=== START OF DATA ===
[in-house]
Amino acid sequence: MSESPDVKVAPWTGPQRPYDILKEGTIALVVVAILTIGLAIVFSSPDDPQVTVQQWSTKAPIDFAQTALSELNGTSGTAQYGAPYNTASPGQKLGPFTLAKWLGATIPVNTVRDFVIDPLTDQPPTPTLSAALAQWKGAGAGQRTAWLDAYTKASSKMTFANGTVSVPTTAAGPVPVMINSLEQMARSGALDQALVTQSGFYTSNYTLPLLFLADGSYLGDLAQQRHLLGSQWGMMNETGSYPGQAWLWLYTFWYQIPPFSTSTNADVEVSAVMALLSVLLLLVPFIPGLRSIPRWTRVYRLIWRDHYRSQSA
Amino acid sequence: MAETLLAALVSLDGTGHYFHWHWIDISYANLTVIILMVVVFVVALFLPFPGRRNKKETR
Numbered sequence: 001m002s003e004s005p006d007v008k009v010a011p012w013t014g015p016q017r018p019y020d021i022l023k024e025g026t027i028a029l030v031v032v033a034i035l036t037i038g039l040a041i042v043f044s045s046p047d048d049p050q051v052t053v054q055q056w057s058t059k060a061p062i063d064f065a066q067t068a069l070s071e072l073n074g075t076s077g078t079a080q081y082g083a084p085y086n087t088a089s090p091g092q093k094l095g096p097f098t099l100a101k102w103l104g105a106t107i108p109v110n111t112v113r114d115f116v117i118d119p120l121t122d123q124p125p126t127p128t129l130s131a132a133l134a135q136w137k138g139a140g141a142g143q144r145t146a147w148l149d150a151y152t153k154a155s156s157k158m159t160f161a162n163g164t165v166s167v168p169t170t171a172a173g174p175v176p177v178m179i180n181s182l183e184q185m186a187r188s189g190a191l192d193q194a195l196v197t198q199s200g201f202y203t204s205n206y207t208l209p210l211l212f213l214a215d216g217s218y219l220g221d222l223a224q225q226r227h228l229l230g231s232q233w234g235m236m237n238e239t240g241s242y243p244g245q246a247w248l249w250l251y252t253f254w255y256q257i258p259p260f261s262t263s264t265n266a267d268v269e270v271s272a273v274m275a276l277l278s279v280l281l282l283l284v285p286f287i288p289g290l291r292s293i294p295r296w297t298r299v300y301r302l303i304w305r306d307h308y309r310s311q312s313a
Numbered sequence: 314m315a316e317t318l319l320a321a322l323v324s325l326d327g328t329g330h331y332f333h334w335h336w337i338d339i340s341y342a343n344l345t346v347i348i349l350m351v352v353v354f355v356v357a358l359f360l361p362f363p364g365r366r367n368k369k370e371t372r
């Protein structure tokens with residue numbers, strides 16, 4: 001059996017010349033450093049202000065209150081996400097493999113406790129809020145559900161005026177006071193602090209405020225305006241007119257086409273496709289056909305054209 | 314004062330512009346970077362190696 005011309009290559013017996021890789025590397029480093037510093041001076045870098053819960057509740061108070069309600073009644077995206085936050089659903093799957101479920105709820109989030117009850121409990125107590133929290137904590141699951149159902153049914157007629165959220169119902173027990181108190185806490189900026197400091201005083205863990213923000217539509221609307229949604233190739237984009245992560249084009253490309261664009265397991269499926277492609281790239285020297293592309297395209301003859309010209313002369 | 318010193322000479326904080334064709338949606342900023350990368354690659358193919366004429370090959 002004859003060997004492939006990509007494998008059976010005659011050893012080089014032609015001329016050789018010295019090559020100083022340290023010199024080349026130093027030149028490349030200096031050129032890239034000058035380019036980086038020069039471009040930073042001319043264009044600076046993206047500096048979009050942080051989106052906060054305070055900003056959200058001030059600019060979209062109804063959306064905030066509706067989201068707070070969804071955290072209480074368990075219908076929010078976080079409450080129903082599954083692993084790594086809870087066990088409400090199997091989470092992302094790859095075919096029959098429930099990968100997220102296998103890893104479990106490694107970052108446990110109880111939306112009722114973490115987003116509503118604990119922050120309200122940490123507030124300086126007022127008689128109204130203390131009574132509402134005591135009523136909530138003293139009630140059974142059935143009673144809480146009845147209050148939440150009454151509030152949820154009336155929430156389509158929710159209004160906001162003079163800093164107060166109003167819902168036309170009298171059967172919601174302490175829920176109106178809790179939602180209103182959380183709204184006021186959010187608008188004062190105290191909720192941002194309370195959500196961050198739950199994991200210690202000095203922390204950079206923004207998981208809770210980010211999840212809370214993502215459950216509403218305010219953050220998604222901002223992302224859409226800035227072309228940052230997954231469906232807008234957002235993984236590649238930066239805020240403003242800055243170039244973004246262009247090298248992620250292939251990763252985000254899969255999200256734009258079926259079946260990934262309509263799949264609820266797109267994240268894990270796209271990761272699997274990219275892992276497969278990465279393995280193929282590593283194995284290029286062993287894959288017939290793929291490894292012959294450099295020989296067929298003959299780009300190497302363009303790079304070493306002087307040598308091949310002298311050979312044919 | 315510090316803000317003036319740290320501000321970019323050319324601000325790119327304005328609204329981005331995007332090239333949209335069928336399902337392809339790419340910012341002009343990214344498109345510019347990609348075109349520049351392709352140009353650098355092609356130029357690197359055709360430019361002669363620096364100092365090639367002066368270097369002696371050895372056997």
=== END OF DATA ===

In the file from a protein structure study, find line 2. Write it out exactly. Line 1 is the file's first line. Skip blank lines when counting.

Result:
Amino acid sequence: MSESPDVKVAPWTGPQRPYDILKEGTIALVVVAILTIGLAIVFSSPDDPQVTVQQWSTKAPIDFAQTALSELNGTSGTAQYGAPYNTASPGQKLGPFTLAKWLGATIPVNTVRDFVIDPLTDQPPTPTLSAALAQWKGAGAGQRTAWLDAYTKASSKMTFANGTVSVPTTAAGPVPVMINSLEQMARSGALDQALVTQSGFYTSNYTLPLLFLADGSYLGDLAQQRHLLGSQWGMMNETGSYPGQAWLWLYTFWYQIPPFSTSTNADVEVSAVMALLSVLLLLVPFIPGLRSIPRWTRVYRLIWRDHYRSQSA